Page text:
So, with a great sense of humour and greater sense of humilty, Paul just sent me this photo of Olof (posted mid-race, then photoshopped by Paul) ...

Anyone who knows Olof gets why this is funny on multiple levels. First, Olof is an extremely nice guy who is humble about his own achievements and excited about others'. Second, he is a fucking cyborg for whom there truly may be no limits. He does things that seem impossible to most everyone else - smiling and laughing and dancing (literally) the whole way. I once pointed out that "Olof races like he's at a rave!", an observation with which everyone gleefully agreed.

I replied to Paul, commenting that being around these extraordinary people (I think I used the term "freaks") is so good for us, as it just keeps stretching our imaginations and ideas as to what is achievable. I also pointed out that, while a "nice ego stroke", every time someone tells us that we are crazy/amazing/impressive for what we accomplish they are actually pulling us back into the center a little bit.

And here is Paul's answer to that ...
Yup! Was thinking recently it's awesome. Feeling more confident, but much less ego based. Whatever I do, there are people capable of far more, and are much more humble about it. I still have a ways to go, but I like the trajectory.

And, in that last sentence there is some true magic. Some wisdom that I intend to apply to the rest of my life. I hope I DO still have a ways to go ... and the key is that I am happy with the trajectory. That is what will determine everything, and I can always change it - as slightly or drastically as need be.

So, ask yourself - "Do I like the trajectory of my life?". 

NOT "Am I happy with where I am at right now?" because you are always still moving - and where you are at is ssimpy the result of the trajectory you WERE on. In this very moment, you can alter your trajectory and (as small a change as it may seem - maybe just a coffee conversation and signing up for a seemingly minor adventure)... THAT will change where you are going. SO SIMPLE!!!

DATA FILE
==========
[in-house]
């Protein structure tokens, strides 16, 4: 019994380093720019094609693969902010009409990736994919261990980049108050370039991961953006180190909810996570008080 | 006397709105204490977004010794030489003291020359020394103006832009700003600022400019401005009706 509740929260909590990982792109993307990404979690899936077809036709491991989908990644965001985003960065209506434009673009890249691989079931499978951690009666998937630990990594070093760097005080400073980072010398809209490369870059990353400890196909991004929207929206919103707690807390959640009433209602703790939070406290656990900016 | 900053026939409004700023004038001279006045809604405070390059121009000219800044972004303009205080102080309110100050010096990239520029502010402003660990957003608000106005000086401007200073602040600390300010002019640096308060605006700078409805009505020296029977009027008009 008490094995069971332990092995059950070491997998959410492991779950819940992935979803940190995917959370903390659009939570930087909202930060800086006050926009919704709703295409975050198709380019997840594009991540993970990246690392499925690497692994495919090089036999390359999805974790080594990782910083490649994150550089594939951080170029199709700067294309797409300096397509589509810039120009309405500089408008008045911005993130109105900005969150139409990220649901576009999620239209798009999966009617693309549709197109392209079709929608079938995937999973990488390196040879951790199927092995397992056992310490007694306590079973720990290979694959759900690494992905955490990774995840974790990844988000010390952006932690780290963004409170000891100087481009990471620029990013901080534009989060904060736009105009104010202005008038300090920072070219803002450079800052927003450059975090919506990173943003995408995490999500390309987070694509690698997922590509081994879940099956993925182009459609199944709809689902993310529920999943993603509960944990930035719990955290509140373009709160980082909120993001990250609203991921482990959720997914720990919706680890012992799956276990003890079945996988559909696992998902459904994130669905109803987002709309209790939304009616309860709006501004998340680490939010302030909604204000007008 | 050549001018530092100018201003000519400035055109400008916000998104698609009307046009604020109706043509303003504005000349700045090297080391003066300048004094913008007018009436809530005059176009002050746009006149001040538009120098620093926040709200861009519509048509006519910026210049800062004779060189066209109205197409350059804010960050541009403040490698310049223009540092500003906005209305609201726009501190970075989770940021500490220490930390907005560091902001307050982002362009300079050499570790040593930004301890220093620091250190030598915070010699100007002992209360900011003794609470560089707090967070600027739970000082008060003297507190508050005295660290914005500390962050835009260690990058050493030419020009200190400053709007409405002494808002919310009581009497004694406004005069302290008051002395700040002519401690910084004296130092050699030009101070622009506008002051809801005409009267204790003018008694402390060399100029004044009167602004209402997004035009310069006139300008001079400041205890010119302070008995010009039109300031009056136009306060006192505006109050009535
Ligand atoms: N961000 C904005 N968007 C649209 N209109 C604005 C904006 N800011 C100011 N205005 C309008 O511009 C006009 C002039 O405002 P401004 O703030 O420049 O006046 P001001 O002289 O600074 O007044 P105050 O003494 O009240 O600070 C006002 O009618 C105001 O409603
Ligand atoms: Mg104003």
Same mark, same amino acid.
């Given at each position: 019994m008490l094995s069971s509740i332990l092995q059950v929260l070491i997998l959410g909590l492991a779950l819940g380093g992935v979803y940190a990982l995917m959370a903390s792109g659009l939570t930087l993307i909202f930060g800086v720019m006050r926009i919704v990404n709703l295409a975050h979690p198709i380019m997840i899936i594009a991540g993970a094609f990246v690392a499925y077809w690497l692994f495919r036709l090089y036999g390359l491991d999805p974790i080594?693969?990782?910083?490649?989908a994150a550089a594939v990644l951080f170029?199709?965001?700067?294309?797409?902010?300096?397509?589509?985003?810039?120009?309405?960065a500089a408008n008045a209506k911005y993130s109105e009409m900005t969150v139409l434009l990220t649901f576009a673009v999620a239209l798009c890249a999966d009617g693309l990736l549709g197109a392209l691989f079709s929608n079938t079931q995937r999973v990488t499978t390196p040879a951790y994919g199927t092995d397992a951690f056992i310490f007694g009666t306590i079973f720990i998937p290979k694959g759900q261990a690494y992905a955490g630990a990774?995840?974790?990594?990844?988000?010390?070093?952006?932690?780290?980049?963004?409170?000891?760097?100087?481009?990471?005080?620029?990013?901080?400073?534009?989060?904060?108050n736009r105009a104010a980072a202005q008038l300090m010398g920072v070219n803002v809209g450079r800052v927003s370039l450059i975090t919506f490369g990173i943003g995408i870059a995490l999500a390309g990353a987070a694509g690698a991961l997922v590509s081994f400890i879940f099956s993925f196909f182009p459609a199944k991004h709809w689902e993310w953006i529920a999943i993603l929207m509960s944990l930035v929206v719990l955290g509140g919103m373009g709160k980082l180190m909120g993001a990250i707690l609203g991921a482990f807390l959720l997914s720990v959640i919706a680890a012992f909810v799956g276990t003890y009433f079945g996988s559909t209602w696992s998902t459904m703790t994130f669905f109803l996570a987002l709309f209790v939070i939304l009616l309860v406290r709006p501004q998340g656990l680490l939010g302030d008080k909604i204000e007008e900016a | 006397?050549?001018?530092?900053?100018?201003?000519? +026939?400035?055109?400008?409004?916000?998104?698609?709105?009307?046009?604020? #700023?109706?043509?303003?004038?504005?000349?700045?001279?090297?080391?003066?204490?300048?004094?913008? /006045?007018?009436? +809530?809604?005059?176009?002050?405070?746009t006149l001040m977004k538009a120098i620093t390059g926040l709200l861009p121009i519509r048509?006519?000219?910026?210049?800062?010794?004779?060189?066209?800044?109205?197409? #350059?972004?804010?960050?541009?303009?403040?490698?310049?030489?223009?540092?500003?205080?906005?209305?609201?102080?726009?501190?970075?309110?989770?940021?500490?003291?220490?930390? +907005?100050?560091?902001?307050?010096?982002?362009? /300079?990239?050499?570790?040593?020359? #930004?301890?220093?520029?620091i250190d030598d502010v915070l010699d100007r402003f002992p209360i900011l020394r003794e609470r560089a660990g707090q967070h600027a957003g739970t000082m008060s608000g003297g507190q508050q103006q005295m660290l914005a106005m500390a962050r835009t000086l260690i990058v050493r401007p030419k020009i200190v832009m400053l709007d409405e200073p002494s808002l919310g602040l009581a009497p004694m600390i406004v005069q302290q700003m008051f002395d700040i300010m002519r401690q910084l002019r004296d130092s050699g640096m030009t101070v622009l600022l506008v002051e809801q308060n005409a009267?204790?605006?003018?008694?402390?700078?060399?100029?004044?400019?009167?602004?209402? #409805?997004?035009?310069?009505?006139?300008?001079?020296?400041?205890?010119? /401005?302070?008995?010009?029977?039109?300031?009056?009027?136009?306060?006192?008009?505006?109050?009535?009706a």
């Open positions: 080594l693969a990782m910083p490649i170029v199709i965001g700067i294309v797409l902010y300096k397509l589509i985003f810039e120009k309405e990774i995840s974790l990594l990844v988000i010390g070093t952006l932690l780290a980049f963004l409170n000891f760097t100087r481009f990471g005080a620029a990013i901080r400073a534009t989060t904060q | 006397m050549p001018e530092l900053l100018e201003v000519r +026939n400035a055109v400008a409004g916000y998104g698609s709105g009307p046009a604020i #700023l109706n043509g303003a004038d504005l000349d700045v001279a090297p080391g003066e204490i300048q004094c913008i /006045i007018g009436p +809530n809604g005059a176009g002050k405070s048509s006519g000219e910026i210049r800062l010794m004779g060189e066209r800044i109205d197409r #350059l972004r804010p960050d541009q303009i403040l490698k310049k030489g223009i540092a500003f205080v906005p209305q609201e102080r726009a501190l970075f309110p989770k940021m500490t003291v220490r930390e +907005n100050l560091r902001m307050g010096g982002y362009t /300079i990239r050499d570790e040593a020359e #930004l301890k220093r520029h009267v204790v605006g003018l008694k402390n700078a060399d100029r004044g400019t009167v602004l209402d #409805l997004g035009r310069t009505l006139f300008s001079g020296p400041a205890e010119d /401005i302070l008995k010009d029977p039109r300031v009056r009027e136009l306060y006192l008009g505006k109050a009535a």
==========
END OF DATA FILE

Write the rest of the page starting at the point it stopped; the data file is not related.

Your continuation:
Changing your life does not have to be difficult!! You do not have to have all of the answers or even make wholesale changes. It is all about the trajectory!



So, this Thanksgiving weekend, I am feeling special gratitude for friends like Paul, Olof, Andy, Josh, Rebecca, Joe D and Josue, who have been hugely influential in helping me shift my trajectory, allowing my life to expand, seemingly miraculously, in a magnitude I had not even previously imagined.

***** BONUS ****

Here is one of my favourite pictures of all time. Andy (L) and Olof (R) during a quick nap toward the end of the QUINT (taken last night and shared by Olof's girlfriend, Caitlan Alexander). I have included her comment below ...

And to set the record straight, most of the posts about this "competition" between Olof and Andy were BS. Around mile 70, they were both pushing each other so hard that they shook and decided they would finish the rest together. Around mile 95, Andy starting developing symptoms of a stress fracture among many other things and urged Olof to go ahead. Olof wouldn't leave him but Andy was persistent. So the two split but were still cheering each other on.

No comments:

Post a Comment